Readers will know I am skeptical of Bigfoot. While Robert Pyle's book Where Bigfoot Walks convinced me a large primate in N. America wasn't impossible from an ecological point of view, it still seemed unlikely that we have missed such a species, even if it's smart, wary, and rare. Since the Patterson/Gimlin film of 1967 (still hotly disputed) there have been countless fuzzy films and photos - Loren Coleman calls them "blobsquatches" - that I took one look at and dismissed.
But this one is kind of interesting.
For one thing, I know one expedition member, Lori Simmons, who was a local addition to the experienced Extreme Expedition guys led by Adam Davies.
They were camped at a public campground, with an infrared camera trap in place, and something walked through the frame, bent over the sleeping-bagged expedition members, and moved on. The shape, which anthropologist Dale Drinnon, whose blog is linked above, has done a lot of measurements on, is about five feet high when bent over. (Dale isn't sure it is bent over, but I think it is: I can't picture any logical animal shape, human included, if this thing is standing straight up.) Its brightness on the infrared is fairly even all over the body which tends to indicate the consistent surface temperature of a warm body, and that puzzles me: a human in a hoodie or parka should show at least a small change where the pants begin. An image was released of an expedition member bent over in the same spot: see the links above for the images.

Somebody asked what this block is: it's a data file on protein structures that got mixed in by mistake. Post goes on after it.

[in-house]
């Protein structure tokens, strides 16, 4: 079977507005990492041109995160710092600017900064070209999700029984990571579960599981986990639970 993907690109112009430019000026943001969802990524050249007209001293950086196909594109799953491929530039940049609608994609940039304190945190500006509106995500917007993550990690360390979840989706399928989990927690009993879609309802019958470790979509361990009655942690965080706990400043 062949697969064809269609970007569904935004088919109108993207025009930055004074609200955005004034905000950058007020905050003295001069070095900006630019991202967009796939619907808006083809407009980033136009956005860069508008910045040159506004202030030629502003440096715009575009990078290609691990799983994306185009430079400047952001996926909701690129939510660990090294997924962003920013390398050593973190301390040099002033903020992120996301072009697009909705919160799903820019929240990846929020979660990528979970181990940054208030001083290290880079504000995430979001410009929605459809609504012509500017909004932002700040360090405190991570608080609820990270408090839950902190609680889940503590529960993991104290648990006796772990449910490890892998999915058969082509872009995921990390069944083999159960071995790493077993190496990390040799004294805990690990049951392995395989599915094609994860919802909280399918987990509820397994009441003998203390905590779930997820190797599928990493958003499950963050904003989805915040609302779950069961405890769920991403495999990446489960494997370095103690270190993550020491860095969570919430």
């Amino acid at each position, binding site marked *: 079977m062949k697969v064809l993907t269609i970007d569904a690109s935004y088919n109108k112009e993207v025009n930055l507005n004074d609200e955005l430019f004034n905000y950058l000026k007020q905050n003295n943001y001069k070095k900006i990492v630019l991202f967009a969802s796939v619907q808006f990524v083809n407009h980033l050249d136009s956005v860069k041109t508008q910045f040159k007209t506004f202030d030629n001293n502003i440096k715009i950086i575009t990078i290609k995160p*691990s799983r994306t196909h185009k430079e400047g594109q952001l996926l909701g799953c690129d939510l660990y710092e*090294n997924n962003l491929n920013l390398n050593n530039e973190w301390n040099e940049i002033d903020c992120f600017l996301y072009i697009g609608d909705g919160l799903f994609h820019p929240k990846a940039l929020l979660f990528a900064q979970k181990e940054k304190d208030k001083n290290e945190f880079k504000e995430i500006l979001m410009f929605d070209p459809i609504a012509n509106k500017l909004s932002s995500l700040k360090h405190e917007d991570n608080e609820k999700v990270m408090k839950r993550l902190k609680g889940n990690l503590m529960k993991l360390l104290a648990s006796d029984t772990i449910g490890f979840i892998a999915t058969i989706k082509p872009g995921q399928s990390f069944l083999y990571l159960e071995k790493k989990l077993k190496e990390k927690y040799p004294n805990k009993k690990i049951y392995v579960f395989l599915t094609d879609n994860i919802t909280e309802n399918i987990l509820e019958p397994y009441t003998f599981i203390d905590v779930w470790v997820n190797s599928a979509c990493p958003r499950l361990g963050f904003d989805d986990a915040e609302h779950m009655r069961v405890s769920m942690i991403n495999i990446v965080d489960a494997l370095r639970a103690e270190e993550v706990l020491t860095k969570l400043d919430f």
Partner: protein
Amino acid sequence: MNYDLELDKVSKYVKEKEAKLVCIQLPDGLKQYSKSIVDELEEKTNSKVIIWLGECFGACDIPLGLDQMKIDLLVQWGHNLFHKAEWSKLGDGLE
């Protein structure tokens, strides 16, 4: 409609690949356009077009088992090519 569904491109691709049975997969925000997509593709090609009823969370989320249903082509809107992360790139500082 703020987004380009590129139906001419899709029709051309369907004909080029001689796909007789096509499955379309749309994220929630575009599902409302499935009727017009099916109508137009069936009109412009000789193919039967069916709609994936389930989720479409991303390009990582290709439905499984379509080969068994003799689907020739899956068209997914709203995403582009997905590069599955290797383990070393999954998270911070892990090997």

Interesting. "The re-creation by the team member helps a lot. It seems absurd that the most elusive large animal in the world would be videoed taking a stroll through a public campground with fire sites and picnic tables, but certainly bears as well as primates have been known to make the same kind of visits, and it's not a stretch that an unknown primate, even a wary one, would occasionally poke around near sleeping humans to see what might be edible. I've never been a fan of the idea sasquatch is normally nocturnal - we have no known nocturnal apes and only a few nocturnal monkeys. Again, though, humans are certainly not a nocturnal species and yet we do poke around in the dark at times. It would be interesting to do the re-creation again at the right time of night to see how bright a human being in clothing shows up in the infrared, but you folks might have thought of this already and done it."
The superimposition has now been done, at least with the still frames. Dale argued that my point about nocturnal apes wasn't entirely true - most apes, when pressed by human encroachment into their habitat, will shift at least partly to nighttime movement.
There is an awful lot of this still to be analyzed, but it is the one of the more intriguing bigfoot incidents of recent years. I don't have the expertise to rule a human in a costume in or out, but I'll be keeping a close eye....